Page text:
Does Python really follow its philosophy of "Readability counts"?

Paul Rubin http
Tue Jan 20 06:04:52 CET 2009

Luis Zarrabeitia <kyrie at> writes:
> > Luis Zarrabeitia <kyrie at> writes:
> > > You *can* implement a metaclass that will remove the dynasmism from its
> > > instances....
> import inspect
> class ImmutableType(type): ...

Thanks for posting this, I haven't replied because I bookmarked the
post for later study, but that was several days ago, so I just wanted
to say that I'm still looking at it.  It's an area of Python that I've
somewhat purposely stayed away from.

> But I see no _necessary_ harm on tacking extra attributes to an
> existing object - specially if you are going to use them pretty
> close to the creation.

> I use them, a lot, specially when writing decorators... Many times I
> just want to 'mark' the decorated functions so I can inspect those
> marks later.  I'd rather have a semi-private namespace for each pair
> ([group of]calling function[s], object),

Right, thus the usefulness of a static tool that can find all those
places where extra attributes are created.  Basically I can see three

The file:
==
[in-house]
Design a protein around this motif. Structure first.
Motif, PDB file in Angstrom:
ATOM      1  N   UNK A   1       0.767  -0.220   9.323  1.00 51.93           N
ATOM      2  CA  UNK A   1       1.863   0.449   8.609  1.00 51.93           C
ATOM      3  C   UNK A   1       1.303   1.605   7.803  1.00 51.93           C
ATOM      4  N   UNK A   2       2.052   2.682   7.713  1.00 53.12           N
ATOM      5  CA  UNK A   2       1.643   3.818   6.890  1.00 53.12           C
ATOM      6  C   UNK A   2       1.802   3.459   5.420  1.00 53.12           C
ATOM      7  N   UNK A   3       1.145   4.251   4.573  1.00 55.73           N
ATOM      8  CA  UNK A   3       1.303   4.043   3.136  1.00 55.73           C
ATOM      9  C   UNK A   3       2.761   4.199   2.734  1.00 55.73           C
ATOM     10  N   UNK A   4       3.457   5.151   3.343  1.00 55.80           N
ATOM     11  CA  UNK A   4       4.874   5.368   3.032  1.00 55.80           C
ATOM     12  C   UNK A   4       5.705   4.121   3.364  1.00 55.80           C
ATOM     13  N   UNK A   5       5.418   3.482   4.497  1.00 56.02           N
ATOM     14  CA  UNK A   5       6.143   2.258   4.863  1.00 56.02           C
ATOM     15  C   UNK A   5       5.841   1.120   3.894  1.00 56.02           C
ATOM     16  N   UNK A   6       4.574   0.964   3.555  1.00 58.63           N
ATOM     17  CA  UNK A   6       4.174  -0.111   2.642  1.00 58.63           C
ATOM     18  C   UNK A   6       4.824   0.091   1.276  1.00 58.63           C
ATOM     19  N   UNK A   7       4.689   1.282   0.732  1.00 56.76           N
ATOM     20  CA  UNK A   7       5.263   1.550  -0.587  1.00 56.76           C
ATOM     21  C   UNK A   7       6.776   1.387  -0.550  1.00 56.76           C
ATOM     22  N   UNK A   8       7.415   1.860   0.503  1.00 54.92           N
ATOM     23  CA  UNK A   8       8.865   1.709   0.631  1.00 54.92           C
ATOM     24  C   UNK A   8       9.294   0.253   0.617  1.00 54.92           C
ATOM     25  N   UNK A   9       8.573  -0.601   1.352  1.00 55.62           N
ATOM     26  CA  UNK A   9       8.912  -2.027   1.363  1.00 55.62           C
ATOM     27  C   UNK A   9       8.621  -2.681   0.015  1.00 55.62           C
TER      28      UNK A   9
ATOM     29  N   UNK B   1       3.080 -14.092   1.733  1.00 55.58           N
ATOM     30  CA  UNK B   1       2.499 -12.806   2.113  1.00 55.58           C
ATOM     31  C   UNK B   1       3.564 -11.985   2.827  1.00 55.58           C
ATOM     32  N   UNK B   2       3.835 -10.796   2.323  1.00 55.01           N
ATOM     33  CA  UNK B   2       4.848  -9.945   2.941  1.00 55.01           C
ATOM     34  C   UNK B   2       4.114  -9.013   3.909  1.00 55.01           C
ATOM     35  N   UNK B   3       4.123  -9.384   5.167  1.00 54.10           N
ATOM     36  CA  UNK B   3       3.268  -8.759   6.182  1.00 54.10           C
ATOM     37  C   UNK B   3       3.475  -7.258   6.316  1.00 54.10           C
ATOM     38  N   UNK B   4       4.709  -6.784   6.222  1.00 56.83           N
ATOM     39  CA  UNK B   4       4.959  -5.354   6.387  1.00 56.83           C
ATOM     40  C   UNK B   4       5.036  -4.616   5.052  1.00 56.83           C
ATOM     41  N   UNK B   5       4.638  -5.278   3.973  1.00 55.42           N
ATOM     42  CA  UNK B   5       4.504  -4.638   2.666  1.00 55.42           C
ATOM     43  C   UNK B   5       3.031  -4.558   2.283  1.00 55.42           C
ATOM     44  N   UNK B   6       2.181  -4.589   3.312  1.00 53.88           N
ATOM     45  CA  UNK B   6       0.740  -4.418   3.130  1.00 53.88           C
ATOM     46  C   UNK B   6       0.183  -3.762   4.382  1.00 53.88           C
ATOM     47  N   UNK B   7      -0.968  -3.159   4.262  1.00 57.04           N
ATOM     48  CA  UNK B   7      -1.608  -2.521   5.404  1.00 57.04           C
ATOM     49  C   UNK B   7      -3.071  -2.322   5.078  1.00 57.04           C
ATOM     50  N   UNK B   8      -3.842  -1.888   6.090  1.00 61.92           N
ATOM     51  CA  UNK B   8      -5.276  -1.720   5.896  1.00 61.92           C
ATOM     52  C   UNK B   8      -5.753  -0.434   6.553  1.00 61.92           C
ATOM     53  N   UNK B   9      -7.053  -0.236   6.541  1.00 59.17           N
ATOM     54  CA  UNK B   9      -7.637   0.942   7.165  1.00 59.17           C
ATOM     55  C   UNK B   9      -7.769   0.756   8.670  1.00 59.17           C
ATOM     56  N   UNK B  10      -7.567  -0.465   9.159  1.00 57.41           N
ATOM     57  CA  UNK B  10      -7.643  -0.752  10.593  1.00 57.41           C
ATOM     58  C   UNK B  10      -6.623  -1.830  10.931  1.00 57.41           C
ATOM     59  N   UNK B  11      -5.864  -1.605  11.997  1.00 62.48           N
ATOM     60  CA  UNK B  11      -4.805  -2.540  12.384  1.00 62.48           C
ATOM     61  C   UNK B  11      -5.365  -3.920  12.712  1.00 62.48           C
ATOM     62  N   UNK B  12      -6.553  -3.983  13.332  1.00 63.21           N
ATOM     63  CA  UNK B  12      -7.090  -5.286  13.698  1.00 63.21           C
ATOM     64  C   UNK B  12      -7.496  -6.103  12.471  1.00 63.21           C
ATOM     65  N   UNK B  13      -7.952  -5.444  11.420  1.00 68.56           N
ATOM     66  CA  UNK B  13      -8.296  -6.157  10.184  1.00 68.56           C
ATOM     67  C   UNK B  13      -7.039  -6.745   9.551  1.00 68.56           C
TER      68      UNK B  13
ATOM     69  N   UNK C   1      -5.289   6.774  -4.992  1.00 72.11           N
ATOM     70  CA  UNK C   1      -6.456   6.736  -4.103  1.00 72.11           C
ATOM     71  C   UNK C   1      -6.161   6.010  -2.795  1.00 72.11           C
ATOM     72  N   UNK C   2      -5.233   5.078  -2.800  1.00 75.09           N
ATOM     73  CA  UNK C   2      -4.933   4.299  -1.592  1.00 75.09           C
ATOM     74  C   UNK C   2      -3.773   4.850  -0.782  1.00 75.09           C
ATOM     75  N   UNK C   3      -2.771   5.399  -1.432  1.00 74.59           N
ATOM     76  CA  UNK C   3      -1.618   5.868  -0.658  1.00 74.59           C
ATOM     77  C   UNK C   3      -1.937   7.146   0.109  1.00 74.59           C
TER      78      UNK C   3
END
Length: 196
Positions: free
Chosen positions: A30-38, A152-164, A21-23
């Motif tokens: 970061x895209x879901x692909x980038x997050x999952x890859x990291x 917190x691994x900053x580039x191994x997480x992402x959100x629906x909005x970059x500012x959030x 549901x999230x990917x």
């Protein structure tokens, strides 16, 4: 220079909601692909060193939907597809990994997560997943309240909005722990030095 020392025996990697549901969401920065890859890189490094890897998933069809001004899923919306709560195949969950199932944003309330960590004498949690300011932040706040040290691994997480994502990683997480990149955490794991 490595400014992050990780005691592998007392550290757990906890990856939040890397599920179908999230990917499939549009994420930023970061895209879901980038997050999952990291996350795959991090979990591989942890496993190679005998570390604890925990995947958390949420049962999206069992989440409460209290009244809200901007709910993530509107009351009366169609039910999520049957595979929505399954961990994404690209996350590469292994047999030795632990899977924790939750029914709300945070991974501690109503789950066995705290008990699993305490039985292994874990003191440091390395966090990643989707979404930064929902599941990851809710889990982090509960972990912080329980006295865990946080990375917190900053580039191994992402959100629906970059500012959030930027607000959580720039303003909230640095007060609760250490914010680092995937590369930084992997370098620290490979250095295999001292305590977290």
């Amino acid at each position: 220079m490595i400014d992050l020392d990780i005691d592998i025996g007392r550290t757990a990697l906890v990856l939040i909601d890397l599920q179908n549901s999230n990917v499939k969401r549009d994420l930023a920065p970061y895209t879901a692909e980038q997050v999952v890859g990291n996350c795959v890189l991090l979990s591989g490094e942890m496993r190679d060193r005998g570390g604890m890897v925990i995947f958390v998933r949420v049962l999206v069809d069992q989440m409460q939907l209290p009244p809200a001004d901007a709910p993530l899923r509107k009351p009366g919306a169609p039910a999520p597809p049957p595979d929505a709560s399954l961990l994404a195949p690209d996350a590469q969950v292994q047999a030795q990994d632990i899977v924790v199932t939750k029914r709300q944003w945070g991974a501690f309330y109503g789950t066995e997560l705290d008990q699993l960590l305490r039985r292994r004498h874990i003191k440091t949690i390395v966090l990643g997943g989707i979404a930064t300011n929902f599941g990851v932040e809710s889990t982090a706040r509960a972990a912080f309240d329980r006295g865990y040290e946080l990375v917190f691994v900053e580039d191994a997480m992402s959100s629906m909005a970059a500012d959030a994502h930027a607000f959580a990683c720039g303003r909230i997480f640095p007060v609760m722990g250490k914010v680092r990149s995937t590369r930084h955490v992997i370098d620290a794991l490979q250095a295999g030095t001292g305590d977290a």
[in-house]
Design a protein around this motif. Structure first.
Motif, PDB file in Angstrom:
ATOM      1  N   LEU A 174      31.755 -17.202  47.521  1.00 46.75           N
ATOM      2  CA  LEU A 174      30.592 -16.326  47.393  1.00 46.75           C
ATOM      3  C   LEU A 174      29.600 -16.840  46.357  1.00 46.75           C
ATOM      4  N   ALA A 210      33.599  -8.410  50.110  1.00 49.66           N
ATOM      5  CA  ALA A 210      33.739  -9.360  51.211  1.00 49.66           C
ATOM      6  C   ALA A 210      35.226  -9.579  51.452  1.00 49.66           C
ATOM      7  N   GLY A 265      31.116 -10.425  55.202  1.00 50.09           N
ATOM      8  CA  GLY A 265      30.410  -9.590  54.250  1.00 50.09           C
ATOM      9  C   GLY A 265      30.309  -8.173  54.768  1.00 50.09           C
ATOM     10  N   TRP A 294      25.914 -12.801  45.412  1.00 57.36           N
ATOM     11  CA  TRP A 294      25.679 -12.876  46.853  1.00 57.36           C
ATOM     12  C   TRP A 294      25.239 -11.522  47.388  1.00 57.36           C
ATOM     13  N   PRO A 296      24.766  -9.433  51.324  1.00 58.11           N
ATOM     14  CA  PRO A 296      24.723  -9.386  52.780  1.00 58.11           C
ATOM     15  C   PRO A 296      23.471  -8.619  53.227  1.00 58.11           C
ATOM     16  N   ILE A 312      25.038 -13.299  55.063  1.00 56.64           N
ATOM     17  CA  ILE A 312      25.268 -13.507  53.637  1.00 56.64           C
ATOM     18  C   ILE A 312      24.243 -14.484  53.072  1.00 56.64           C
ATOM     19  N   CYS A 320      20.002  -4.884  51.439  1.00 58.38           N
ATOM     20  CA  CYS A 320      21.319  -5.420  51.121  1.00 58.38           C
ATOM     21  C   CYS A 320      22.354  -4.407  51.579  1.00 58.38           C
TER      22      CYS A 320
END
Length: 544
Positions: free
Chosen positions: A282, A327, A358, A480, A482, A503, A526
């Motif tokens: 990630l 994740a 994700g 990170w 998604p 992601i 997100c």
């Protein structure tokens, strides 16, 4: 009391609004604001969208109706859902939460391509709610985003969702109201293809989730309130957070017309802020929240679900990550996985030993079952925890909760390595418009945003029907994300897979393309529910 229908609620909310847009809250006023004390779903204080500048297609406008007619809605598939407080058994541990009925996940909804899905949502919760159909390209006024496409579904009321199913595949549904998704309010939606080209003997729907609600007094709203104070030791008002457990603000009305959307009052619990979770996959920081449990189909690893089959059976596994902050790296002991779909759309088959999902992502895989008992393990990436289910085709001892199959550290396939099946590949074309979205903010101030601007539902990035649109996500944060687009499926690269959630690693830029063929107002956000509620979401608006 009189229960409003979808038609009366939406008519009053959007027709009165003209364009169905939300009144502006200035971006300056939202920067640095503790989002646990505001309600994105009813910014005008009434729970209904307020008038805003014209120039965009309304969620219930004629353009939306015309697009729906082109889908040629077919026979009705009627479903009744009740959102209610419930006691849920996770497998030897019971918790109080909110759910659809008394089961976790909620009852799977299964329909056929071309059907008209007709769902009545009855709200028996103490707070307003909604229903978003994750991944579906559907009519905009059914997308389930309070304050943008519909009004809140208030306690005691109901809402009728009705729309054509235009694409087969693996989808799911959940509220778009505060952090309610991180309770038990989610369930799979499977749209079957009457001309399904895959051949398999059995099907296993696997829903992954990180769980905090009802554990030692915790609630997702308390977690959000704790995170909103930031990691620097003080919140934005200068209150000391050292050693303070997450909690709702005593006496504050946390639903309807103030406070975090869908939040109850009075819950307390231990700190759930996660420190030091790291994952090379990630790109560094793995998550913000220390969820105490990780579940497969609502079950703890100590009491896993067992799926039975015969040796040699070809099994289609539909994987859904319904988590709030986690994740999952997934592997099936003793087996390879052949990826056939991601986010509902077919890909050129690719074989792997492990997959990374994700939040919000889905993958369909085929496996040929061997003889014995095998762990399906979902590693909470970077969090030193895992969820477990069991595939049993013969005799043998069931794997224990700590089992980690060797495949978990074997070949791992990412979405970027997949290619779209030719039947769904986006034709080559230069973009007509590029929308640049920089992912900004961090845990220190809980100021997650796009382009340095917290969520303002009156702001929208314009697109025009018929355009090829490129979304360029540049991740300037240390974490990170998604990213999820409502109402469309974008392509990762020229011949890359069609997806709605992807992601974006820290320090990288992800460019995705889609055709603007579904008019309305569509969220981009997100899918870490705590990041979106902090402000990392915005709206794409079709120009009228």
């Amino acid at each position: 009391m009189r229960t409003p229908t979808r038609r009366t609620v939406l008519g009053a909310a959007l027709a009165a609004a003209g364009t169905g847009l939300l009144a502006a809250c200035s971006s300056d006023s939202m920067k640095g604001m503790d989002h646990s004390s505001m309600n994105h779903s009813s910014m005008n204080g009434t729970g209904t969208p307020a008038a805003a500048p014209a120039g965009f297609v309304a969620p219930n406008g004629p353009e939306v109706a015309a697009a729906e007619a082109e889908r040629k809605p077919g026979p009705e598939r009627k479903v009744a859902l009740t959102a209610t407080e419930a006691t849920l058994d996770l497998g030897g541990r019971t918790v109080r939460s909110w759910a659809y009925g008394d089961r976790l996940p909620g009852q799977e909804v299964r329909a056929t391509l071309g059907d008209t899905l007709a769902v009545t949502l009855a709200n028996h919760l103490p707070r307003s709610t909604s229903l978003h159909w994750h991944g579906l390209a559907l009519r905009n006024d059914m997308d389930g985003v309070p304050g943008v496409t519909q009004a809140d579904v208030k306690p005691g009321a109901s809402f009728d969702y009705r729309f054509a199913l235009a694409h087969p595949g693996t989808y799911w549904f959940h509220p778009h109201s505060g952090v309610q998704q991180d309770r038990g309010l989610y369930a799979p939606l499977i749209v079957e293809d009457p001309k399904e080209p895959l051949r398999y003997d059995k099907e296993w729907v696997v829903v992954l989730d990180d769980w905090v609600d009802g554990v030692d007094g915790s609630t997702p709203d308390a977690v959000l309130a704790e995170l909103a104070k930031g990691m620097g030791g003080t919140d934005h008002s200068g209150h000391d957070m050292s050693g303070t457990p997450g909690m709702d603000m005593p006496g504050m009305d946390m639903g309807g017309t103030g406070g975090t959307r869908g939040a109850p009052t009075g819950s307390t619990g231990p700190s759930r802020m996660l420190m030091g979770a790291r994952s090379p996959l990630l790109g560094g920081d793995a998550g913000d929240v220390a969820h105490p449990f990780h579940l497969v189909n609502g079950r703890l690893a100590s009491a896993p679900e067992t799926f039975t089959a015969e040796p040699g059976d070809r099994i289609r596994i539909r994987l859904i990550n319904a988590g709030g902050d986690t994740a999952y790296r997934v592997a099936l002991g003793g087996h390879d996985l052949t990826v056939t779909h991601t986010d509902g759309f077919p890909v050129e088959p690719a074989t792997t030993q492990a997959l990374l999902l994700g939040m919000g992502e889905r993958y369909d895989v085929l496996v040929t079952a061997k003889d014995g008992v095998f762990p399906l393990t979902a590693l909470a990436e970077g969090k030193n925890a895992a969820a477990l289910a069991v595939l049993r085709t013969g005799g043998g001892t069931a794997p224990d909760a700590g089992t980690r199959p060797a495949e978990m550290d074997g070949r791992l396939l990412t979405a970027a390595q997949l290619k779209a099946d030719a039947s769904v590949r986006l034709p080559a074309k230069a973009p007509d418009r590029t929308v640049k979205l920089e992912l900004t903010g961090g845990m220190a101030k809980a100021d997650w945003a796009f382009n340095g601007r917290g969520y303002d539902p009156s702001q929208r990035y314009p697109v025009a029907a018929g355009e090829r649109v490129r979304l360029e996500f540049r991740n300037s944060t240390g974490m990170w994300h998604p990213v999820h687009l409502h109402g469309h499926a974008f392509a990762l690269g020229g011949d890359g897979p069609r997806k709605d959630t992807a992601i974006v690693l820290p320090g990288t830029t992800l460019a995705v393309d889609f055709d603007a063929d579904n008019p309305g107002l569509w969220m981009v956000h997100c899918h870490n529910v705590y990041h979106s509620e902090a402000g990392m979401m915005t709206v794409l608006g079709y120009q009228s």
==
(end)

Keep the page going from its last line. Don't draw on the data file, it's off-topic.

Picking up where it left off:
approaches to this question:

1) Program in a style where you create and modify attributes all over
the place willy-nilly, with no controls whatsoever, either automatic
or stylistic.  From experience (it is a common style in Javascript) I
can say this is a big mess and I think no experienced Python
programmers recommend it.

2) Have mandatory encapsulation like Java's, no way to escape.  Bruno
and yourself vehemently object to this, Russ P seems to want it, my
view is that it's not in the Python spirit, so I can accept the
argument that those who really want this are better off choosing
another language.

3) Program in a style where creating new attributes outside the
initializer is normally avoided by convention, but it is possible and
sometimes desirable to break the convention.  This seems reasonable
and Pythonic to me.  But, any place I break the convention, I should
be able to say "I broke the convention here for such and such a
reason".  And (this seems to be a bone of contention) IMO, it would be
good to be able to audit a large codebase with a tool like Pylint, to
automatically find all the places where such breakages occur.  Right
now there seems to be no way to do that reliably, short of using
something like your special metaclass instead of the standard one for
just about everything.

Your example about decorators (used on classes that don't expect to be
wrapped by them) is a good one but narrow enough that there could be a
special arrangement for it in a hypothetical auditing tool.

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